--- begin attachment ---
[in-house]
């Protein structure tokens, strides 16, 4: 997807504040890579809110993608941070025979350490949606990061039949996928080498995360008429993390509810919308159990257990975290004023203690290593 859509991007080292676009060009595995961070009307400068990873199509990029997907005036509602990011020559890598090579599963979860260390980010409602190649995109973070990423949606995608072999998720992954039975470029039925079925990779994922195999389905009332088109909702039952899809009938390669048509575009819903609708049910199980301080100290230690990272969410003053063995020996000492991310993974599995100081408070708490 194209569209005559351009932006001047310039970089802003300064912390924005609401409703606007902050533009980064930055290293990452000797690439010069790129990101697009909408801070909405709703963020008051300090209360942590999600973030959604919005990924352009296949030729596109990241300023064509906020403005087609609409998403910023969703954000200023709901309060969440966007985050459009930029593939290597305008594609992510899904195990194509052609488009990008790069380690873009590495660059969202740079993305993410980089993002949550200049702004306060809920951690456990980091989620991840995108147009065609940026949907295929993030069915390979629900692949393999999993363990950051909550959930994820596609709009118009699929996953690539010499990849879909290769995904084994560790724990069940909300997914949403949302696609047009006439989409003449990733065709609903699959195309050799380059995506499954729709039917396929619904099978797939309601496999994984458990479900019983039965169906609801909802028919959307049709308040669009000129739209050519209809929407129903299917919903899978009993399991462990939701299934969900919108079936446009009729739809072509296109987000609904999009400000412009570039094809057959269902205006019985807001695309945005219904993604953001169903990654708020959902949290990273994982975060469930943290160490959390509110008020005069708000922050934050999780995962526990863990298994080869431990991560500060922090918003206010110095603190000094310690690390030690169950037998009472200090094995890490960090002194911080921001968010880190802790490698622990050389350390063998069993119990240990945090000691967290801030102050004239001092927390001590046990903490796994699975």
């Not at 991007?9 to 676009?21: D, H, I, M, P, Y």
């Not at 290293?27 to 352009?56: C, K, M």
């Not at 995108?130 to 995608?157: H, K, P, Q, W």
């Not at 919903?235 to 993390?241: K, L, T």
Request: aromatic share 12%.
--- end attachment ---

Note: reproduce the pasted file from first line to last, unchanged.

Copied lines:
[in-house]
């Protein structure tokens, strides 16, 4: 997807504040890579809110993608941070025979350490949606990061039949996928080498995360008429993390509810919308159990257990975290004023203690290593 859509991007080292676009060009595995961070009307400068990873199509990029997907005036509602990011020559890598090579599963979860260390980010409602190649995109973070990423949606995608072999998720992954039975470029039925079925990779994922195999389905009332088109909702039952899809009938390669048509575009819903609708049910199980301080100290230690990272969410003053063995020996000492991310993974599995100081408070708490 194209569209005559351009932006001047310039970089802003300064912390924005609401409703606007902050533009980064930055290293990452000797690439010069790129990101697009909408801070909405709703963020008051300090209360942590999600973030959604919005990924352009296949030729596109990241300023064509906020403005087609609409998403910023969703954000200023709901309060969440966007985050459009930029593939290597305008594609992510899904195990194509052609488009990008790069380690873009590495660059969202740079993305993410980089993002949550200049702004306060809920951690456990980091989620991840995108147009065609940026949907295929993030069915390979629900692949393999999993363990950051909550959930994820596609709009118009699929996953690539010499990849879909290769995904084994560790724990069940909300997914949403949302696609047009006439989409003449990733065709609903699959195309050799380059995506499954729709039917396929619904099978797939309601496999994984458990479900019983039965169906609801909802028919959307049709308040669009000129739209050519209809929407129903299917919903899978009993399991462990939701299934969900919108079936446009009729739809072509296109987000609904999009400000412009570039094809057959269902205006019985807001695309945005219904993604953001169903990654708020959902949290990273994982975060469930943290160490959390509110008020005069708000922050934050999780995962526990863990298994080869431990991560500060922090918003206010110095603190000094310690690390030690169950037998009472200090094995890490960090002194911080921001968010880190802790490698622990050389350390063998069993119990240990945090000691967290801030102050004239001092927390001590046990903490796994699975």
């Not at 991007?9 to 676009?21: D, H, I, M, P, Y």
């Not at 290293?27 to 352009?56: C, K, M």
């Not at 995108?130 to 995608?157: H, K, P, Q, W």
């Not at 919903?235 to 993390?241: K, L, T």
Request: aromatic share 12%.